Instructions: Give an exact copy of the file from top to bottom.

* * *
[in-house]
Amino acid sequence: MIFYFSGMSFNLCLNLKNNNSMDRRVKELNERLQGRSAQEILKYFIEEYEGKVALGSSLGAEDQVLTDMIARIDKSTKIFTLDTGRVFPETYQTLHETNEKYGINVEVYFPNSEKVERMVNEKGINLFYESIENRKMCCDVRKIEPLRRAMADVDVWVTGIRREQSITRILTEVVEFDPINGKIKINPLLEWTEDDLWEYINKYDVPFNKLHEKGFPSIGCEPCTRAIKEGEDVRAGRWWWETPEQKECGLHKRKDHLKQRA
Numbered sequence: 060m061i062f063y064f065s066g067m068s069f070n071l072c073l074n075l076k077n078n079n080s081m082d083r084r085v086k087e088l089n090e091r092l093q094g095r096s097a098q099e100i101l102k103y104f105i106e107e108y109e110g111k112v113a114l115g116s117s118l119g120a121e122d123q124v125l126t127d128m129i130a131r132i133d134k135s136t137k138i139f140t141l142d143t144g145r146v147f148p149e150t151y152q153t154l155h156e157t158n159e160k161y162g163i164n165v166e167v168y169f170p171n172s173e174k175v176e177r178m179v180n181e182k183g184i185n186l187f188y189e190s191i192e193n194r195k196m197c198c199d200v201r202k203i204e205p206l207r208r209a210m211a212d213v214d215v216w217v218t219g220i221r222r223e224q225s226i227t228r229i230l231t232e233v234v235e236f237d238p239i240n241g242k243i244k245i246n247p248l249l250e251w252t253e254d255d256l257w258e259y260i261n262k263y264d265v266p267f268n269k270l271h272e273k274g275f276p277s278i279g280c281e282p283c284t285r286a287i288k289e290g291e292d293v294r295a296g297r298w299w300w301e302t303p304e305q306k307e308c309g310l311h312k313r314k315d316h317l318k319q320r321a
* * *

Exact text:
[in-house]
Amino acid sequence: MIFYFSGMSFNLCLNLKNNNSMDRRVKELNERLQGRSAQEILKYFIEEYEGKVALGSSLGAEDQVLTDMIARIDKSTKIFTLDTGRVFPETYQTLHETNEKYGINVEVYFPNSEKVERMVNEKGINLFYESIENRKMCCDVRKIEPLRRAMADVDVWVTGIRREQSITRILTEVVEFDPINGKIKINPLLEWTEDDLWEYINKYDVPFNKLHEKGFPSIGCEPCTRAIKEGEDVRAGRWWWETPEQKECGLHKRKDHLKQRA
Numbered sequence: 060m061i062f063y064f065s066g067m068s069f070n071l072c073l074n075l076k077n078n079n080s081m082d083r084r085v086k087e088l089n090e091r092l093q094g095r096s097a098q099e100i101l102k103y104f105i106e107e108y109e110g111k112v113a114l115g116s117s118l119g120a121e122d123q124v125l126t127d128m129i130a131r132i133d134k135s136t137k138i139f140t141l142d143t144g145r146v147f148p149e150t151y152q153t154l155h156e157t158n159e160k161y162g163i164n165v166e167v168y169f170p171n172s173e174k175v176e177r178m179v180n181e182k183g184i185n186l187f188y189e190s191i192e193n194r195k196m197c198c199d200v201r202k203i204e205p206l207r208r209a210m211a212d213v214d215v216w217v218t219g220i221r222r223e224q225s226i227t228r229i230l231t232e233v234v235e236f237d238p239i240n241g242k243i244k245i246n247p248l249l250e251w252t253e254d255d256l257w258e259y260i261n262k263y264d265v266p267f268n269k270l271h272e273k274g275f276p277s278i279g280c281e282p283c284t285r286a287i288k289e290g291e292d293v294r295a296g297r298w299w300w301e302t303p304e305q306k307e308c309g310l311h312k313r314k315d316h317l318k319q320r321a